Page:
Feeds

HP pumps Unix, Itanium and storage lines

Dual core? We've heard of it

  • alert
  • submit to reddit

Internet Security Threat Report 2014

HP has given its hardware line a good scrubbing on Monday, refreshing a broad list of server and storage systems.

The new kit includes Unix systems running on the long-awaited PA-8800 processor, fresh Itanium-based servers and revamped tape libraries. HP has also tweaked its storage pricing models to allow for new pay-per-use policies and has broadened its relationship with Linux maker SuSE.

The outpouring of news comes on the same that storage rival EMC made a major hardware launch. It's also one day ahead of a large server rollout from Sun Microsystems.

The timing against Sun is of particular interest given the nature of HP's Unix news. The PA-8800 is HP's first dual core RISC processor. IBM has been selling the dual core Power4 chip for quite awhile, and Sun is expected to launch its dual core UltraSparc IV chip tomorrow.

In days past, HP would give the new RISC boxes top-billing. With dual core chips, HP's broad line of Unix systems should see major performance gains, and customers can insert the new chips into existing hardware. Starting today, customers can purchase new 2-way to 32-way PA-RISC-based servers. The 128-processor Superdome box should be available next month.

But ultimately this kit is a sore spot for HP rather than something to brag about. HP spent far more marketing muscle on the Itanium systems being launched today. Customers are expected to follow the bright lights and move to Itanium as PA-RISC and Alpha servers are phased out.

"Standardization is key to building an adaptive enterprise, in which business processes and IT are linked dynamically," said Mark Hudson, vice president marketing for Enterprise Storage and Servers at HP.

Apparently this message does not apply to customers who standardized on PA-RISC many years ago.

So what does HP have available in its Itanium line for those brave few standardizers?

First up is a the new low-end Integrity rx1600 box. The system runs on up to two Low Voltage Itanium 2 processors and comes in a 1U package. It starts under $3,000.

HP also has new versions of its Integrity rx2600 servers based on the Low Voltage chips with starting prices at $5,700. These two processor servers can run standalone or as part of the XC6000 Linux cluster package, which includes up to 512 servers linked together.

"Growing numbers of customers are choosing Integrity servers for their data centers," HP said.

Integrity? We've heard of it.

But lurking behind the Itanium celebration is the nasty rumor that HP will join Sun and IBM as an Opteron backer. This doesn't mean HP will give up on the Itanic, but the acceptance of AMD's 64-bit processor certainly shows some concern in Palo Alto about exactly what a Xeon replacement is supposed to look like.

Away from the hardware controversy, HP made some relatively mundane software moves. HP has now included SuSE Enterprise Server 8 on its corporate price list for one- to four-processor Integrity servers. In addition, HP has sent out a beta of Version 8.1 of the OpenVMS operating system for Itanic boxes.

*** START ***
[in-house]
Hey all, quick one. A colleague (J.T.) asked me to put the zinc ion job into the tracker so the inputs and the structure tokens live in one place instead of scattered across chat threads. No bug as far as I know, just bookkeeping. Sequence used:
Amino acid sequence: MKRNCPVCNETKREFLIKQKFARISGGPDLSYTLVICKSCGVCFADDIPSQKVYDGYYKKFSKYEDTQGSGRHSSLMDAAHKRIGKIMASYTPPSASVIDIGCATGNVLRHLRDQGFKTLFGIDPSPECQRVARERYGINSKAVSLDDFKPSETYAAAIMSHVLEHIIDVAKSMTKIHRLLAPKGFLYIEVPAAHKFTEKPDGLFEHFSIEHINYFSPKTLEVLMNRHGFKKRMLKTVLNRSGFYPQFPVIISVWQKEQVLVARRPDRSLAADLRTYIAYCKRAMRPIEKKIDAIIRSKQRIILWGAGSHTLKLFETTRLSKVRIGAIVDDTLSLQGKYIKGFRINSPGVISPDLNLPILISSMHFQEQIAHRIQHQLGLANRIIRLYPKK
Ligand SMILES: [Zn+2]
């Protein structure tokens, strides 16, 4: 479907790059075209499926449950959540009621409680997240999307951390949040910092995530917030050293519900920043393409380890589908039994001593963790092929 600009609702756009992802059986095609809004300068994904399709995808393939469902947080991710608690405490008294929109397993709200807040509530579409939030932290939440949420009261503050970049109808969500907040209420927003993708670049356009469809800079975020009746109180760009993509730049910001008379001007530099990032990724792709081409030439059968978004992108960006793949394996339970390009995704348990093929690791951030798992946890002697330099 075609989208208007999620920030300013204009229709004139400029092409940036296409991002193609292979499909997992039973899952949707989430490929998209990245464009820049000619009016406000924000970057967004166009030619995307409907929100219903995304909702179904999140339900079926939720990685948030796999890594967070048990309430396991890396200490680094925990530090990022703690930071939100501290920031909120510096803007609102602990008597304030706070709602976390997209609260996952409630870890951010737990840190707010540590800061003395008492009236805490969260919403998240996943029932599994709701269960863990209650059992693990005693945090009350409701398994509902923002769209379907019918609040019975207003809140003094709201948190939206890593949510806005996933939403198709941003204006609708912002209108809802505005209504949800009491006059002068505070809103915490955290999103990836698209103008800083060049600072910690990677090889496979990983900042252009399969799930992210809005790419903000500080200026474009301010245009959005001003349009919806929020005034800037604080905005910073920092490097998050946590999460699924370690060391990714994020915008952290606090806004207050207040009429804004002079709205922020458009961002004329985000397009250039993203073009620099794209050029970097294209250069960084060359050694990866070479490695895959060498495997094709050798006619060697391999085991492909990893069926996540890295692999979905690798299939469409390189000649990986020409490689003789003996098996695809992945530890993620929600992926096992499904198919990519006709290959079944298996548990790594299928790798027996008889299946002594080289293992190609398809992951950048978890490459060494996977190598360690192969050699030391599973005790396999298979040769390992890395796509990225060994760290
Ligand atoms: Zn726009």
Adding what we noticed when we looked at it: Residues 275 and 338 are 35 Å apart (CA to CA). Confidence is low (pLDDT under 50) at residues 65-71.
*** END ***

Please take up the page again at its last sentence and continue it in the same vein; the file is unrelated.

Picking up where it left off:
On the storage front, HP launched StorageWorks ESL E-series tape libraries in both LTO Ultrium 460 and SDLT 320 drive formats. The products here - ESL712e and ESL630e - are tape libraries for storage area network (SAN) setups.

HP has also rolled out a pay-per-use financing program for its StorageWorks Enterprise Virtual Array family, including the EVA3000 and EVA5000. This lets HP track a customers storage usage and bill the client on a metered model. ®

Internet Security Threat Report 2014

More from The Register

next story
Docker's app containers are coming to Windows Server, says Microsoft
MS chases app deployment speeds already enjoyed by Linux devs
IBM storage revenues sink: 'We are disappointed,' says CEO
Time to put the storage biz up for sale?
'Hmm, why CAN'T I run a water pipe through that rack of media servers?'
Leaving Las Vegas for Armenia kludging and Dubai dune bashing
'Urika': Cray unveils new 1,500-core big data crunching monster
6TB of DRAM, 38TB of SSD flash and 120TB of disk storage
Facebook slurps 'paste sites' for STOLEN passwords, sprinkles on hash and salt
Zuck's ad empire DOESN'T see details in plain text. Phew!
SDI wars: WTF is software defined infrastructure?
This time we play for ALL the marbles
Windows 10: Forget Cloudobile, put Security and Privacy First
But - dammit - It would be insane to say 'don't collect, because NSA'
prev story

Whitepapers

Forging a new future with identity relationship management
Learn about ForgeRock's next generation IRM platform and how it is designed to empower CEOS's and enterprises to engage with consumers.
Cloud and hybrid-cloud data protection for VMware
Learn how quick and easy it is to configure backups and perform restores for VMware environments.
Three 1TB solid state scorchers up for grabs
Big SSDs can be expensive but think big and think free because you could be the lucky winner of one of three 1TB Samsung SSD 840 EVO drives that we’re giving away worth over £300 apiece.
Reg Reader Research: SaaS based Email and Office Productivity Tools
Read this Reg reader report which provides advice and guidance for SMBs towards the use of SaaS based email and Office productivity tools.
Security for virtualized datacentres
Legacy security solutions are inefficient due to the architectural differences between physical and virtual environments.